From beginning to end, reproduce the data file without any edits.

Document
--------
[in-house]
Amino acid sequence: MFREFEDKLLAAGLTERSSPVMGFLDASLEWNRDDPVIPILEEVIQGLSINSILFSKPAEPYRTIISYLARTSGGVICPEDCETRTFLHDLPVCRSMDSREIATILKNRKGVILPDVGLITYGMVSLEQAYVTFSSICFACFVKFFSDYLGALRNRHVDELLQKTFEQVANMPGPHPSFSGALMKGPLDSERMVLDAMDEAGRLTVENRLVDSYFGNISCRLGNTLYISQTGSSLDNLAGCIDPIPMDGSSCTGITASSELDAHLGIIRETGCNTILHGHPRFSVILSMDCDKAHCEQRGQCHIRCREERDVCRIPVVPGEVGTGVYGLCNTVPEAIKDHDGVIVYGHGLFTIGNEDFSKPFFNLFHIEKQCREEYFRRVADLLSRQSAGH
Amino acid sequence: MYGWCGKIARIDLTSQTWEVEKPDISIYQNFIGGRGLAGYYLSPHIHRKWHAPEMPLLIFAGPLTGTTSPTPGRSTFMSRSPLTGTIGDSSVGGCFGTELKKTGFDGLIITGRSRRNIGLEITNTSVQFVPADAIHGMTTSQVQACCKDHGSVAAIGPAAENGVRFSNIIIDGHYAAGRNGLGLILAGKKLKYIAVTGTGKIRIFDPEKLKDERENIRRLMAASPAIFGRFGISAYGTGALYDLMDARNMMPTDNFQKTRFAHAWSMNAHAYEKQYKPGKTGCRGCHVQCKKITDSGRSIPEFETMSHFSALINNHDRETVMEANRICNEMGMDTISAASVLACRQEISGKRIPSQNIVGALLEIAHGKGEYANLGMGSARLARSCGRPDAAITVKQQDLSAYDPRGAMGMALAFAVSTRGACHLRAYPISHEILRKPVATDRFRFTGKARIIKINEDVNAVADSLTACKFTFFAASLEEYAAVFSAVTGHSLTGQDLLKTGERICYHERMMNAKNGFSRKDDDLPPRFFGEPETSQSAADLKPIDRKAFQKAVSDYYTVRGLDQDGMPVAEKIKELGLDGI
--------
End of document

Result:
[in-house]
Amino acid sequence: MFREFEDKLLAAGLTERSSPVMGFLDASLEWNRDDPVIPILEEVIQGLSINSILFSKPAEPYRTIISYLARTSGGVICPEDCETRTFLHDLPVCRSMDSREIATILKNRKGVILPDVGLITYGMVSLEQAYVTFSSICFACFVKFFSDYLGALRNRHVDELLQKTFEQVANMPGPHPSFSGALMKGPLDSERMVLDAMDEAGRLTVENRLVDSYFGNISCRLGNTLYISQTGSSLDNLAGCIDPIPMDGSSCTGITASSELDAHLGIIRETGCNTILHGHPRFSVILSMDCDKAHCEQRGQCHIRCREERDVCRIPVVPGEVGTGVYGLCNTVPEAIKDHDGVIVYGHGLFTIGNEDFSKPFFNLFHIEKQCREEYFRRVADLLSRQSAGH
Amino acid sequence: MYGWCGKIARIDLTSQTWEVEKPDISIYQNFIGGRGLAGYYLSPHIHRKWHAPEMPLLIFAGPLTGTTSPTPGRSTFMSRSPLTGTIGDSSVGGCFGTELKKTGFDGLIITGRSRRNIGLEITNTSVQFVPADAIHGMTTSQVQACCKDHGSVAAIGPAAENGVRFSNIIIDGHYAAGRNGLGLILAGKKLKYIAVTGTGKIRIFDPEKLKDERENIRRLMAASPAIFGRFGISAYGTGALYDLMDARNMMPTDNFQKTRFAHAWSMNAHAYEKQYKPGKTGCRGCHVQCKKITDSGRSIPEFETMSHFSALINNHDRETVMEANRICNEMGMDTISAASVLACRQEISGKRIPSQNIVGALLEIAHGKGEYANLGMGSARLARSCGRPDAAITVKQQDLSAYDPRGAMGMALAFAVSTRGACHLRAYPISHEILRKPVATDRFRFTGKARIIKINEDVNAVADSLTACKFTFFAASLEEYAAVFSAVTGHSLTGQDLLKTGERICYHERMMNAKNGFSRKDDDLPPRFFGEPETSQSAADLKPIDRKAFQKAVSDYYTVRGLDQDGMPVAEKIKELGLDGI